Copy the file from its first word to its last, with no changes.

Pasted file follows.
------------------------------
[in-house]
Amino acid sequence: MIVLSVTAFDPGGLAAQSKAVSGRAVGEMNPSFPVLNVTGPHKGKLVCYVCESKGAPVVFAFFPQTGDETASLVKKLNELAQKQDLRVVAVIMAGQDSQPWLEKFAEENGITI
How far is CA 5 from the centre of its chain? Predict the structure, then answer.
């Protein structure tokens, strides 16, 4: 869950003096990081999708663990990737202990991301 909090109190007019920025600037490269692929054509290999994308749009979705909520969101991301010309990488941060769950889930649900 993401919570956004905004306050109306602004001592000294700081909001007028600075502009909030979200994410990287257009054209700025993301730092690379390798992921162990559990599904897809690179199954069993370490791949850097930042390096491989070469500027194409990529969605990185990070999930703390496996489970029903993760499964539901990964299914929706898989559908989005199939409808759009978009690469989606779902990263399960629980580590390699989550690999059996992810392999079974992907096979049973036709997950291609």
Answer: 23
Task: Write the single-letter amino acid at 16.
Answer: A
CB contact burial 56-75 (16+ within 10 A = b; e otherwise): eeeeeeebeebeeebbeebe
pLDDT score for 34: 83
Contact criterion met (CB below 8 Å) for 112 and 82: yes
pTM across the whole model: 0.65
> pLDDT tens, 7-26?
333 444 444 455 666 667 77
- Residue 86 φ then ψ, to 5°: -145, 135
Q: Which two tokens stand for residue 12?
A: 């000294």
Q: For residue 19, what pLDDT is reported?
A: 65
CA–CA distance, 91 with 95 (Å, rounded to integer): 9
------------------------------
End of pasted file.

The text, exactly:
[in-house]
Amino acid sequence: MIVLSVTAFDPGGLAAQSKAVSGRAVGEMNPSFPVLNVTGPHKGKLVCYVCESKGAPVVFAFFPQTGDETASLVKKLNELAQKQDLRVVAVIMAGQDSQPWLEKFAEENGITI
How far is CA 5 from the centre of its chain? Predict the structure, then answer.
């Protein structure tokens, strides 16, 4: 869950003096990081999708663990990737202990991301 909090109190007019920025600037490269692929054509290999994308749009979705909520969101991301010309990488941060769950889930649900 993401919570956004905004306050109306602004001592000294700081909001007028600075502009909030979200994410990287257009054209700025993301730092690379390798992921162990559990599904897809690179199954069993370490791949850097930042390096491989070469500027194409990529969605990185990070999930703390496996489970029903993760499964539901990964299914929706898989559908989005199939409808759009978009690469989606779902990263399960629980580590390699989550690999059996992810392999079974992907096979049973036709997950291609």
Answer: 23
Task: Write the single-letter amino acid at 16.
Answer: A
CB contact burial 56-75 (16+ within 10 A = b; e otherwise): eeeeeeebeebeeebbeebe
pLDDT score for 34: 83
Contact criterion met (CB below 8 Å) for 112 and 82: yes
pTM across the whole model: 0.65
> pLDDT tens, 7-26?
333 444 444 455 666 667 77
- Residue 86 φ then ψ, to 5°: -145, 135
Q: Which two tokens stand for residue 12?
A: 């000294």
Q: For residue 19, what pLDDT is reported?
A: 65
CA–CA distance, 91 with 95 (Å, rounded to integer): 9